Welcome to the NEW Shannon County, Missouri Website!


When first organized in 1841, Shannon County embraced a much larger area. When Texas, Reynolds, and Carter counties organized, they absorbed parts of Shannon County.

For the first courthouse, officials picked a site near the county's center, across the Current River near Round Spring. Built in 1845, the 16 by 20 foot, hewn-log courthouse cost $75. Fires caused by Civil War activities destroyed this first courthouse with all the records.
After the war, county officials again looked for a location near the county's center for a new courthouse. Thomas J. Chilton deeded 50 acres, one of the few sites with clear title, upon which Eminence was laid out in 1868. Within a year, builders completed a 30-foot square, weatherboarded courthouse. The contract price was a $3,000 bid by William Orchard and T.B. Dunvas of Thomasville, Oregon County. Fire destroyed the building on December 31, 1871.

The next courthouse was built as a two-story frame with offices on the first floor, and a courthouse on the second. In time the county outgrew this courthouse; the county and circuit clerks' offices moved to other quarters. An arsonist set fire to the courthouse and both clerk's offices in March of 1895. The courthouse was not seriously damaged, although all county records were destroyed. The building was later moved to the north side of the square and used for several years as a commercial building. No known photographs of these early courthouses exist.
County citizens voted November 10, 1898, to finance the next courthouse by a direct tax. In March 1899, the court invited architects and builders to submit plans. County Court officials selected Henry H. Hohenschild's first plans for a building costing about $9,000, almost twice the sum Shannon County could commit. The court contemplated possible changes and asked the architect to draw plans for a building costing less than $5,000.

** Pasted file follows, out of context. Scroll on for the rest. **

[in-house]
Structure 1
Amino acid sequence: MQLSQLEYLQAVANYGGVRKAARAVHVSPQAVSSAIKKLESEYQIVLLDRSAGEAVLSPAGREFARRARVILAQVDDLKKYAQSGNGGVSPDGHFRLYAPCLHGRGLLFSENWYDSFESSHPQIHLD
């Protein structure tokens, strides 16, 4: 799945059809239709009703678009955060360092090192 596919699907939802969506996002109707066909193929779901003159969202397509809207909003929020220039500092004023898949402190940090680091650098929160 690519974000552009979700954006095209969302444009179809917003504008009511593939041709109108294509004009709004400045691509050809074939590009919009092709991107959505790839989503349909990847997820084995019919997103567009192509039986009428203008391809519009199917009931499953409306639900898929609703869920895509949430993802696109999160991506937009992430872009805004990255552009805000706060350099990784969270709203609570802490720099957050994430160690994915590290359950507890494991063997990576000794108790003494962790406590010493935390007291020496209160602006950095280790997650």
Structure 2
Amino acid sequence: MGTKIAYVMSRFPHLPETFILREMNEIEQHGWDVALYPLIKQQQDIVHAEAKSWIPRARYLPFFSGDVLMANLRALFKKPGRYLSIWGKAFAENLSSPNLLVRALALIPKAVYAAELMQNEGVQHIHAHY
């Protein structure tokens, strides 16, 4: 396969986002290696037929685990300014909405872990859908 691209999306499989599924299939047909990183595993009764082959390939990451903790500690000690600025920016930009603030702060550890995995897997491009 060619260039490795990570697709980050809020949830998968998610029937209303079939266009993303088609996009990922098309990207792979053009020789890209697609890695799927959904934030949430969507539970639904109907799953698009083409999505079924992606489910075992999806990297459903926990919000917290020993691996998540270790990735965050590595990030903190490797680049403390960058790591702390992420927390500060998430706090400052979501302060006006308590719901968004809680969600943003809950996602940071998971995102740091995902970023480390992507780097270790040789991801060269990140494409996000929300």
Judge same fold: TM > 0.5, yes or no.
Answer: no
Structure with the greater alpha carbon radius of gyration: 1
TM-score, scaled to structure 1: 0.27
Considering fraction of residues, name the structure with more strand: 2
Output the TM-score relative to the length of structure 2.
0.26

Partial funding came from the Odd Fellows for the attic story, used for their lodge, which probably explains the unusual roof configuration. The first story was arranged for the office space; the courtroom, measuring 34 1/2 by 38 1/2 feet, and two jury rooms were on the second floor.
R.M. Beatty, the contractor, was supervised by George Mathews (sic) of West Plains. Henry Cardz acted as county superintendent. Cornerstone ceremonies took place on August 11, 1899. On May 23, 1938, a fire destroyed this courthouse, which was insured for $23,500.

After the courthouse burned, an election to remove the county seat to Winona failed. A project submitted to the Work Projects Administration was rejected in June 1939. Still, after architect Dan R. Sanford, Springfield, conferred with the court in August regarding plans for a new courthouse, the proposal was resubmitted and approved in November 1939. The two-story plus basement building, built of reinforced concrete, concrete blocks, and structural steel, has brick veneer with white stone entry. It was completed in the summer of 1941 and dedicated August 2, 1941.